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Re: 2021 FIRE Cohort
« Reply #109 on: January 29, 2017, 02:27:59 PM »
Great to hear the updates, looks like a good few of us are eyeing up 2020...

Chaplin

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Re: 2021 FIRE Cohort
« Reply #110 on: January 29, 2017, 11:13:08 PM »
Great to hear the updates, looks like a good few of us are eyeing up 2020...

2016 was ridiculously good for our net worth: a $255K (Canadian) increase made up of ($90K financial, $155K home equity). I changed jobs which should have been a big improvement on the happiness front, but it's been a bit of bust so far because of very long hours. The much shorter commute is good though.

The best thing about 2016, though, was achieving clarity on the need to get much more aggressive with our expenses to meet our 2021 FIRE target. Now that we're doing that, I'm wondering if we could squeak into 2020, or do something completely different like downshift significantly by going part time at the expense of delaying an actual FIRE date.

WildJager

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Re: 2021 FIRE Cohort
« Reply #111 on: February 04, 2017, 02:38:03 PM »
Update on goals for 2016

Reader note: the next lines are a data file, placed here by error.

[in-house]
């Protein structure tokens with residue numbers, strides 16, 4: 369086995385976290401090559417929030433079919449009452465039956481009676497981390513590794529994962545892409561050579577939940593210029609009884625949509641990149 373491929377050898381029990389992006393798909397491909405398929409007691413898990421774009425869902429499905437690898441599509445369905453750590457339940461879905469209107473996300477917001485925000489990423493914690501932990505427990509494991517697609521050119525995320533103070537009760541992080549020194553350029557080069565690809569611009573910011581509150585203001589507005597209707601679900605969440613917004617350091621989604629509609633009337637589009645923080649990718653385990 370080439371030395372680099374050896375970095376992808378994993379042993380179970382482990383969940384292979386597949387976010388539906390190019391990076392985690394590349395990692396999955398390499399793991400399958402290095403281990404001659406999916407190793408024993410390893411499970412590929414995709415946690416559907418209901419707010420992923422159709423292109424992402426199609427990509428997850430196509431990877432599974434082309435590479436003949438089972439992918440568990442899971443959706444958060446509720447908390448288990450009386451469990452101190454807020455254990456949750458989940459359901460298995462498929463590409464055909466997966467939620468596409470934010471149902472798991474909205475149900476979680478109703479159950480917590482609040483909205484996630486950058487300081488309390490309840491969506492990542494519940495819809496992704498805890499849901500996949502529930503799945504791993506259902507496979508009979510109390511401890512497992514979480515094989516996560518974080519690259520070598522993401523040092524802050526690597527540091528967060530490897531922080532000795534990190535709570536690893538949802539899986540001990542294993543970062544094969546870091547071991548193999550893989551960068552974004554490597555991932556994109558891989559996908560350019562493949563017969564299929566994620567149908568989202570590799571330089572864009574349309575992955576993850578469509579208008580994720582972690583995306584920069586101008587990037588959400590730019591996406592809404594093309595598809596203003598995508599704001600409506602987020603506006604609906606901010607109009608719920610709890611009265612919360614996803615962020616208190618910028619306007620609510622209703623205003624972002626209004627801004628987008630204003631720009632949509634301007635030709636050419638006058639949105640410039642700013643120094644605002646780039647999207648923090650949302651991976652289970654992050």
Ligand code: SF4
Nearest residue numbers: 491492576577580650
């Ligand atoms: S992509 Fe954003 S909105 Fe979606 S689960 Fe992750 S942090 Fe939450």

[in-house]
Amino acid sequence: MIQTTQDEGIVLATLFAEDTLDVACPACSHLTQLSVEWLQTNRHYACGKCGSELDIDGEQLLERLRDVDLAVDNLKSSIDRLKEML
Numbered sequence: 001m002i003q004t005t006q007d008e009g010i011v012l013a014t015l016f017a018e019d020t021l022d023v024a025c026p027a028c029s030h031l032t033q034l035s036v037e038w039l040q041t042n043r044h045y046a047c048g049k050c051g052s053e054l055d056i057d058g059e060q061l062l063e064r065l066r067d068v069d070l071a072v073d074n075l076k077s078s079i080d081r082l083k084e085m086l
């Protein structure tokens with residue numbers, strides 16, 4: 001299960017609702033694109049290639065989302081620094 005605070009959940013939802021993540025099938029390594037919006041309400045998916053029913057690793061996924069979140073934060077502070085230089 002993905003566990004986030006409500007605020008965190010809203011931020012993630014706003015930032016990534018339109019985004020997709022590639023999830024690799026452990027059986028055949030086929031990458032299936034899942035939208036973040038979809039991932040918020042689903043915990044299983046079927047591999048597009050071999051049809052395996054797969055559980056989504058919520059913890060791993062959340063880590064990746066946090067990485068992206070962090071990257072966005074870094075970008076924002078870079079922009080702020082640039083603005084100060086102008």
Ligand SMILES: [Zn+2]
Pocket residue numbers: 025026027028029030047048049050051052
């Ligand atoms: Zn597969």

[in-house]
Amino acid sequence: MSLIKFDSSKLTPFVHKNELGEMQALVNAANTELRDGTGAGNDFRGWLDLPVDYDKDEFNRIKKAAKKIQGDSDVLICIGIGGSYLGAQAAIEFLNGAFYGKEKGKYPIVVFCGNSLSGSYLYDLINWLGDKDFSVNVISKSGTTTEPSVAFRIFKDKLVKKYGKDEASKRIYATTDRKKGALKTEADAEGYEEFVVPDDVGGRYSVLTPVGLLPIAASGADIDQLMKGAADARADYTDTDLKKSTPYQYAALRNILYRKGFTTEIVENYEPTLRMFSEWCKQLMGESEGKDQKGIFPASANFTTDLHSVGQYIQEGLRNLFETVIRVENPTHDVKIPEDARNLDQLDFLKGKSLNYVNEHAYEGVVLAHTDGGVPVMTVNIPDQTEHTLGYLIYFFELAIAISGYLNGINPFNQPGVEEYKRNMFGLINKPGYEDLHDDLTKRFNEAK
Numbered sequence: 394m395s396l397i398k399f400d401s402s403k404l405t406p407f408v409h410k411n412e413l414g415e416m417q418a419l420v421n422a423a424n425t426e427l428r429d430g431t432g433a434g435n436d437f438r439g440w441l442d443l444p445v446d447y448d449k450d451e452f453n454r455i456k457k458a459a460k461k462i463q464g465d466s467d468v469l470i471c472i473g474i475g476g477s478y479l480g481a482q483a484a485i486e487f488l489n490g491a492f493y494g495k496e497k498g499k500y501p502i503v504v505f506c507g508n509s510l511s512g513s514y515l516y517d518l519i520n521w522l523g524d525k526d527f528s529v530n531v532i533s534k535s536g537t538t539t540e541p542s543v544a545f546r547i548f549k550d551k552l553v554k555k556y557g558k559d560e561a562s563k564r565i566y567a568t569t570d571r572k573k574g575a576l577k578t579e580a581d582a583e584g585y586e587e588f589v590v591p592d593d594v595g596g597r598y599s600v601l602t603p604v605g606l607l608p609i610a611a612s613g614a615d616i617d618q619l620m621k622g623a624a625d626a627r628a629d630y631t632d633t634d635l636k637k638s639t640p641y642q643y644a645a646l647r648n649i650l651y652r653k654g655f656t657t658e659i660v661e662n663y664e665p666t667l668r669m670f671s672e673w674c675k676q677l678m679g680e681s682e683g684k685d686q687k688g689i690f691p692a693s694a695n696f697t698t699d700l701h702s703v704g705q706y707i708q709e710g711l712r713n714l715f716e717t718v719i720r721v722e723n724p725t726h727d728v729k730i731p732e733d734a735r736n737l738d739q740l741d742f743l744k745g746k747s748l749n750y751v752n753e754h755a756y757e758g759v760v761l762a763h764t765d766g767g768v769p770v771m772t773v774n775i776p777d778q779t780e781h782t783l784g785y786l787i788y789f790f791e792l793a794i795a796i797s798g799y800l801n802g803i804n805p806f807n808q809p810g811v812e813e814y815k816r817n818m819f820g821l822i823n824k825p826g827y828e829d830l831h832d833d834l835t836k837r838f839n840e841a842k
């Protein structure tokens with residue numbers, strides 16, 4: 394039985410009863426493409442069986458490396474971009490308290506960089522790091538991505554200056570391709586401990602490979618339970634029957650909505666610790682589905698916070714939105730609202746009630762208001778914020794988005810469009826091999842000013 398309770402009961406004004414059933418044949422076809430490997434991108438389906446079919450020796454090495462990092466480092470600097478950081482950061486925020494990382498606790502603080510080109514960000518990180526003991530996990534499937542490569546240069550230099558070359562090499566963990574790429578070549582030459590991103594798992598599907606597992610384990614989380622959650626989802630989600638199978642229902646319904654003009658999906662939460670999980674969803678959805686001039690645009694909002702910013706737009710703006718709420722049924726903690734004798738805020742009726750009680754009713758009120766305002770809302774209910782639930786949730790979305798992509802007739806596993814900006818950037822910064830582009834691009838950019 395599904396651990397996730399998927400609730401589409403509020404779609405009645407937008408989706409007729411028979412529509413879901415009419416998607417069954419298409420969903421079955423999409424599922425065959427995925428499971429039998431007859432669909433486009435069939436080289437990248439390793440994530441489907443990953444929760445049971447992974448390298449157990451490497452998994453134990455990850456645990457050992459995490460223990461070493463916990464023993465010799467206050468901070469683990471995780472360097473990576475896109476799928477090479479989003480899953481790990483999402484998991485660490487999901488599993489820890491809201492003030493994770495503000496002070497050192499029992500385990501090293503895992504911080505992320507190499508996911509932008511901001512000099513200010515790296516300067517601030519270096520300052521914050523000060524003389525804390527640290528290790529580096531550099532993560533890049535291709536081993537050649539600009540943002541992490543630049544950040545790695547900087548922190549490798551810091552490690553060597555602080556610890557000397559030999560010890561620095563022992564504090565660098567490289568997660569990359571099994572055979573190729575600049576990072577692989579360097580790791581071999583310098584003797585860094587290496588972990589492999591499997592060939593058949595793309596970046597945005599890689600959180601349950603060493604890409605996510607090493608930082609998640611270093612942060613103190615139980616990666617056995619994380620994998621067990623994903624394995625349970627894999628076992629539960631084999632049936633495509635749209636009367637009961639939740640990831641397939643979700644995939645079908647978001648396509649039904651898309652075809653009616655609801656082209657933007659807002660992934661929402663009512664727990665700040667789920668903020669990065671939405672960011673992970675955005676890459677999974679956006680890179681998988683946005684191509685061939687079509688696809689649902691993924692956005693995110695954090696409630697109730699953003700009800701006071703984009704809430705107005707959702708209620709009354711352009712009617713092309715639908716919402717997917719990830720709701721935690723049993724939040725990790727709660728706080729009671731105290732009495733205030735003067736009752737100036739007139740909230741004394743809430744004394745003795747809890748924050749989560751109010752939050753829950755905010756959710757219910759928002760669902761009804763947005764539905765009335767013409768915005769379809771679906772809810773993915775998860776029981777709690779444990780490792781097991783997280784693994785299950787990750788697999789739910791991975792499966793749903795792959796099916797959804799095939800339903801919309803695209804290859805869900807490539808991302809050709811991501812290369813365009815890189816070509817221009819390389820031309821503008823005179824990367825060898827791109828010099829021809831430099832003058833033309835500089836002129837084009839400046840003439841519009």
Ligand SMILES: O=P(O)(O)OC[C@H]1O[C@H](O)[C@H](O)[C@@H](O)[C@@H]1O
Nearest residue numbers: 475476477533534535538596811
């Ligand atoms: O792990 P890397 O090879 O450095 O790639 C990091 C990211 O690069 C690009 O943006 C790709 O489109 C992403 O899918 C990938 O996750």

In blue below

-Getting my private pilot license, for post fire occupation.
Still working on this, still have plenty of time and I really enjoy doing it.
[/quote

Just in case you weren't tracking it, to make money as a pilot you'll need a commercial license.  It's not really a huge deal to get one (no where near getting an ATP for the big rigs) but it's a requirement.

WildJager

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Re: 2021 FIRE Cohort
« Reply #112 on: February 04, 2017, 02:45:00 PM »
dougules         (at 43) December 27, 2021
MarcherLady    (at 49) October 10, 2020
Chaplin           (at 47ish) March 23, 2021
Accountant007  (at 48) December 23, 2021
dreams_and_discoveries (just before 40) February 2021
GBRS              (at 36) Sept, 2021
Bownyboy       (at 29) 25th December 2021
SassyG            (at 54) (official date TBD) 2021
WildJager       (at 35) May 2021

Currently at 37x annual expenses.  The only reason I haven't pulled the trigger is because I legally can't (military commitment).  Anticipating retiring with around 60x annual expenses when they'll finally let us go.  Can't say it's a bad problem to have forcing our stash to grow, but the limited agency can be exhausting some days. 

We plan on doing small side gigs post retirement, so it's fairly safe to say that our stash could survive the market imploding on itself effectively.

dreams_and_discoveries

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Re: 2021 FIRE Cohort
« Reply #113 on: February 05, 2017, 04:53:46 AM »
dougules         (at 43) December 27, 2021